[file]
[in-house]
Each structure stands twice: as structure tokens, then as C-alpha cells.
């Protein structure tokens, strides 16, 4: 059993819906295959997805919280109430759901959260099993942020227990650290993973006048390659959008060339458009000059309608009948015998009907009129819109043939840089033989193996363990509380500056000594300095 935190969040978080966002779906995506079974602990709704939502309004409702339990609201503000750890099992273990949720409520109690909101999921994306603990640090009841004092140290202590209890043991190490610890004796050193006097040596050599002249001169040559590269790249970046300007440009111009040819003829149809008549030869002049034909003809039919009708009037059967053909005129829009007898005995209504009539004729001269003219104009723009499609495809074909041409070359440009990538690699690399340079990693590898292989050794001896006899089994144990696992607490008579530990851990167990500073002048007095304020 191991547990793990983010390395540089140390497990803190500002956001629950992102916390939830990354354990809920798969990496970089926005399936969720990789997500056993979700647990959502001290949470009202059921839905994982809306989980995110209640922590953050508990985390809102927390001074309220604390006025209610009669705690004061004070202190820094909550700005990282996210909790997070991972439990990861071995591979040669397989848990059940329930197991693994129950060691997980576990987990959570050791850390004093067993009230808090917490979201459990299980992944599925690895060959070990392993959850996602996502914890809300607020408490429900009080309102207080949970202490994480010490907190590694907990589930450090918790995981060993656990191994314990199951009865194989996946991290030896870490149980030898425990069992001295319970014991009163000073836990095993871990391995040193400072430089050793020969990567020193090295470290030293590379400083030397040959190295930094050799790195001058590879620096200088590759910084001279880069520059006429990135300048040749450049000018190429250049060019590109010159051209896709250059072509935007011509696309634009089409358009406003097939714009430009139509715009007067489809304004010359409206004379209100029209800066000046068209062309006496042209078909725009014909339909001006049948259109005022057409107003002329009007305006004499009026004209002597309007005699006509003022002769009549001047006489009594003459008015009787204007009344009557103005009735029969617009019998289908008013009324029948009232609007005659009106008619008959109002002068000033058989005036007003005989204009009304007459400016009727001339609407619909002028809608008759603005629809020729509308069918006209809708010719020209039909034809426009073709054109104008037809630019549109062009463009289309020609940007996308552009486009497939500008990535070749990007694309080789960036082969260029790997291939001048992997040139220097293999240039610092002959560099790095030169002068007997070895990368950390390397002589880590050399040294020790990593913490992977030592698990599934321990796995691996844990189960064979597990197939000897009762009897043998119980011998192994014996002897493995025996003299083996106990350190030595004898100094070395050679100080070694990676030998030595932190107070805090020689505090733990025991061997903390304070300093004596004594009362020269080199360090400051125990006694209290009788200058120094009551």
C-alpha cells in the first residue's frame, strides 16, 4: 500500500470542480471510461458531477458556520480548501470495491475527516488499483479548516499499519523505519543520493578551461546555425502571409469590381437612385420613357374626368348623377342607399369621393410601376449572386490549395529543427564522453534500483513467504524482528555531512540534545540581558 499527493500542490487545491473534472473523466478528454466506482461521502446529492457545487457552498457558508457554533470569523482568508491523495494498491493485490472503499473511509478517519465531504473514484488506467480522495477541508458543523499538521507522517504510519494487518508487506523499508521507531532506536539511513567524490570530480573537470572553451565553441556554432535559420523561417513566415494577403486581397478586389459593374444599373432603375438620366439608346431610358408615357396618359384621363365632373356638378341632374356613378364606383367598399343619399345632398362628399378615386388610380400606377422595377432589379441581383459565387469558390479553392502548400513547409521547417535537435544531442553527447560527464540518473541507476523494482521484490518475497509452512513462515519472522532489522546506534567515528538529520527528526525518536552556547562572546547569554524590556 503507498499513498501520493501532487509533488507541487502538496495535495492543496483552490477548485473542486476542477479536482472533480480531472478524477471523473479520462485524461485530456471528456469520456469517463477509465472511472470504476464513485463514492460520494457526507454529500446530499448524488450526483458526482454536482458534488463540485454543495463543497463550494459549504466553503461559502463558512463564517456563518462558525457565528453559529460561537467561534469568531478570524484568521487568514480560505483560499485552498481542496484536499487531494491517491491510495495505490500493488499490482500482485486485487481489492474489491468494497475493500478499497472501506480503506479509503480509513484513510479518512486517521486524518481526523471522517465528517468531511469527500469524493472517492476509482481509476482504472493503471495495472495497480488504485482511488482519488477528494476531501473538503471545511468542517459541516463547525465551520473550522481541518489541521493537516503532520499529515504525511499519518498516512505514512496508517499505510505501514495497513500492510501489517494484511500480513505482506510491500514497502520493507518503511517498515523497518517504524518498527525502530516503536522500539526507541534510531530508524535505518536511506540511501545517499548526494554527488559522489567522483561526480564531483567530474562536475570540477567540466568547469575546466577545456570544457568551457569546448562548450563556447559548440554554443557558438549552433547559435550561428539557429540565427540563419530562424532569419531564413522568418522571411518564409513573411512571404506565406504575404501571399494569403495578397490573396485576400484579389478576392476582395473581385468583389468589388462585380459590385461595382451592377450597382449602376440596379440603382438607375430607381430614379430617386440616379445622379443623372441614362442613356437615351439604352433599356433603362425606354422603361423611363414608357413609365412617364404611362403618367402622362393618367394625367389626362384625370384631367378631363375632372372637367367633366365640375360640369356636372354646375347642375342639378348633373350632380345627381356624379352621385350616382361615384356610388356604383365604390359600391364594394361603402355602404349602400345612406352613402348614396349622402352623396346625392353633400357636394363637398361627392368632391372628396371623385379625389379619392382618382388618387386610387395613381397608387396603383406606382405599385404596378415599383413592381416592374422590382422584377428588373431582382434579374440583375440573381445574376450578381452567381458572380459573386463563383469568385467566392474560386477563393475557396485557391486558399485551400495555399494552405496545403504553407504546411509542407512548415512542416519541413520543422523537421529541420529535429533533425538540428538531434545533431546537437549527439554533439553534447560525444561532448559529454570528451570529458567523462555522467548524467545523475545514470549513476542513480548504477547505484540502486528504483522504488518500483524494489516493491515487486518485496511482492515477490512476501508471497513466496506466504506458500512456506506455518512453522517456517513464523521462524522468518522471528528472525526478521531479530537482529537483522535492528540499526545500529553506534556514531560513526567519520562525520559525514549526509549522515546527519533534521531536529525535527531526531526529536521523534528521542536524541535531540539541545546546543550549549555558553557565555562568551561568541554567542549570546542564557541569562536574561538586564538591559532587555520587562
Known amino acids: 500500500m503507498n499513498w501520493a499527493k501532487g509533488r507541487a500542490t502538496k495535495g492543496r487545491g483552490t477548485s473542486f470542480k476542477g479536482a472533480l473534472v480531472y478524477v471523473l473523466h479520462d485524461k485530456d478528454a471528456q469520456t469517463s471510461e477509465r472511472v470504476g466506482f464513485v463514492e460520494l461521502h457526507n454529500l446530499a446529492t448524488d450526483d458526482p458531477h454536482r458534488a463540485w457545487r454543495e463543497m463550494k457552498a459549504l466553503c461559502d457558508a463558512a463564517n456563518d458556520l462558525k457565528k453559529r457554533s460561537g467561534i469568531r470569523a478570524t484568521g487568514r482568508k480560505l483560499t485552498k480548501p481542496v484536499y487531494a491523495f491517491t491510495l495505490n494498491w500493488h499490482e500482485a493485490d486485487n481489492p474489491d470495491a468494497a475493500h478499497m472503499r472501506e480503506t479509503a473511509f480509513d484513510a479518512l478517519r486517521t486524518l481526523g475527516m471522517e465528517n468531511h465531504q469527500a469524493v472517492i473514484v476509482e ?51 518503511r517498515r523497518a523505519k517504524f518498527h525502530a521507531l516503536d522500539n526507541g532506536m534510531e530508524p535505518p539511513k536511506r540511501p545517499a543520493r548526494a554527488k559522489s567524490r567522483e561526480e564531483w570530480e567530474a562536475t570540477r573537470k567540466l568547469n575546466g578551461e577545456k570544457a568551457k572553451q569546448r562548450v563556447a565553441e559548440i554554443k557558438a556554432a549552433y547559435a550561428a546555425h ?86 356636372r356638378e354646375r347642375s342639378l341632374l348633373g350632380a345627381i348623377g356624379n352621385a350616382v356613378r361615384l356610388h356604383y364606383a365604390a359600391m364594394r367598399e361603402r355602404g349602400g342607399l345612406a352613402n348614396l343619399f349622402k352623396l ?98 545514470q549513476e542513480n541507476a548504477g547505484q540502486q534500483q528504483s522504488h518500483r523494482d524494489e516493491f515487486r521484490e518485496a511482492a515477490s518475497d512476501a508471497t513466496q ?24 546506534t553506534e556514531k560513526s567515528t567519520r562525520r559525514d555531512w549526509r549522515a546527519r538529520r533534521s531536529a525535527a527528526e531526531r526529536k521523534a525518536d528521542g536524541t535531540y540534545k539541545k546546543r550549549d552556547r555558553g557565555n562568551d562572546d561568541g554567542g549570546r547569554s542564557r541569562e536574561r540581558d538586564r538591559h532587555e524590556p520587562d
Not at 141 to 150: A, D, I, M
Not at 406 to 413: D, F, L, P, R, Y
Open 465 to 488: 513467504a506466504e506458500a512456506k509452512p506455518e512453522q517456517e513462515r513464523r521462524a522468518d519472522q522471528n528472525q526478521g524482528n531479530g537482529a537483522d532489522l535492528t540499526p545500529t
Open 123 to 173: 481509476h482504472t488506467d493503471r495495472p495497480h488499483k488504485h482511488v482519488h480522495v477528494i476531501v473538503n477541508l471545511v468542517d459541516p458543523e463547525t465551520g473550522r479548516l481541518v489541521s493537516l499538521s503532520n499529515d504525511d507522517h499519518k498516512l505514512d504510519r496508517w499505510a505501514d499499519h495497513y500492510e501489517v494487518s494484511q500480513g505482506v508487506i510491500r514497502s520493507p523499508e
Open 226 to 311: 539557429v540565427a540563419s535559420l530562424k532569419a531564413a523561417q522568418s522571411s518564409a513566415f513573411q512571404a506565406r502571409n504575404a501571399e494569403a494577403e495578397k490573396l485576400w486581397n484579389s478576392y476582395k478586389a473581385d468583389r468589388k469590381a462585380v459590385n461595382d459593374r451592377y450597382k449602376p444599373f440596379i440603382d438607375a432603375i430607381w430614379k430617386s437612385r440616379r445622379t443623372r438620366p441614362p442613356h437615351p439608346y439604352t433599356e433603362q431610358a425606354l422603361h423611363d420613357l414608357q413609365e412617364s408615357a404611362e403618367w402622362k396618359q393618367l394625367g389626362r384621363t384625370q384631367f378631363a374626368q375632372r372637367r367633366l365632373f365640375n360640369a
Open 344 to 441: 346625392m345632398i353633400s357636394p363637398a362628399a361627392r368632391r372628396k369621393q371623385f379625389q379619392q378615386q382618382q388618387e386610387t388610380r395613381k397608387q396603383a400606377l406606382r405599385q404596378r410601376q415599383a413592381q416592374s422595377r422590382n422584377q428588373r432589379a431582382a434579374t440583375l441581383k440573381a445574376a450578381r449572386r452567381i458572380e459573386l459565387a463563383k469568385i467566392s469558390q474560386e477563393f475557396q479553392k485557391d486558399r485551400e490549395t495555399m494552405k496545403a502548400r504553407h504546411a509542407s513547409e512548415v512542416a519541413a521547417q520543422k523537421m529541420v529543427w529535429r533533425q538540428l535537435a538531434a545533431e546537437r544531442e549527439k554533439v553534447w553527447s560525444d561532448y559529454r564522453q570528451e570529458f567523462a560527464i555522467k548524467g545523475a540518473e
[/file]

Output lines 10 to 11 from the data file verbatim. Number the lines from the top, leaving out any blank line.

Open 226 to 311: 539557429v540565427a540563419s535559420l530562424k532569419a531564413a523561417q522568418s522571411s518564409a513566415f513573411q512571404a506565406r502571409n504575404a501571399e494569403a494577403e495578397k490573396l485576400w486581397n484579389s478576392y476582395k478586389a473581385d468583389r468589388k469590381a462585380v459590385n461595382d459593374r451592377y450597382k449602376p444599373f440596379i440603382d438607375a432603375i430607381w430614379k430617386s437612385r440616379r445622379t443623372r438620366p441614362p442613356h437615351p439608346y439604352t433599356e433603362q431610358a425606354l422603361h423611363d420613357l414608357q413609365e412617364s408615357a404611362e403618367w402622362k396618359q393618367l394625367g389626362r384621363t384625370q384631367f378631363a374626368q375632372r372637367r367633366l365632373f365640375n360640369a
Open 344 to 441: 346625392m345632398i353633400s357636394p363637398a362628399a361627392r368632391r372628396k369621393q371623385f379625389q379619392q378615386q382618382q388618387e386610387t388610380r395613381k397608387q396603383a400606377l406606382r405599385q404596378r410601376q415599383a413592381q416592374s422595377r422590382n422584377q428588373r432589379a431582382a434579374t440583375l441581383k440573381a445574376a450578381r449572386r452567381i458572380e459573386l459565387a463563383k469568385i467566392s469558390q474560386e477563393f475557396q479553392k485557391d486558399r485551400e490549395t495555399m494552405k496545403a502548400r504553407h504546411a509542407s513547409e512548415v512542416a519541413a521547417q520543422k523537421m529541420v529543427w529535429r533533425q538540428l535537435a538531434a545533431e546537437r544531442e549527439k554533439v553534447w553527447s560525444d561532448y559529454r564522453q570528451e570529458f567523462a560527464i555522467k548524467g545523475a540518473e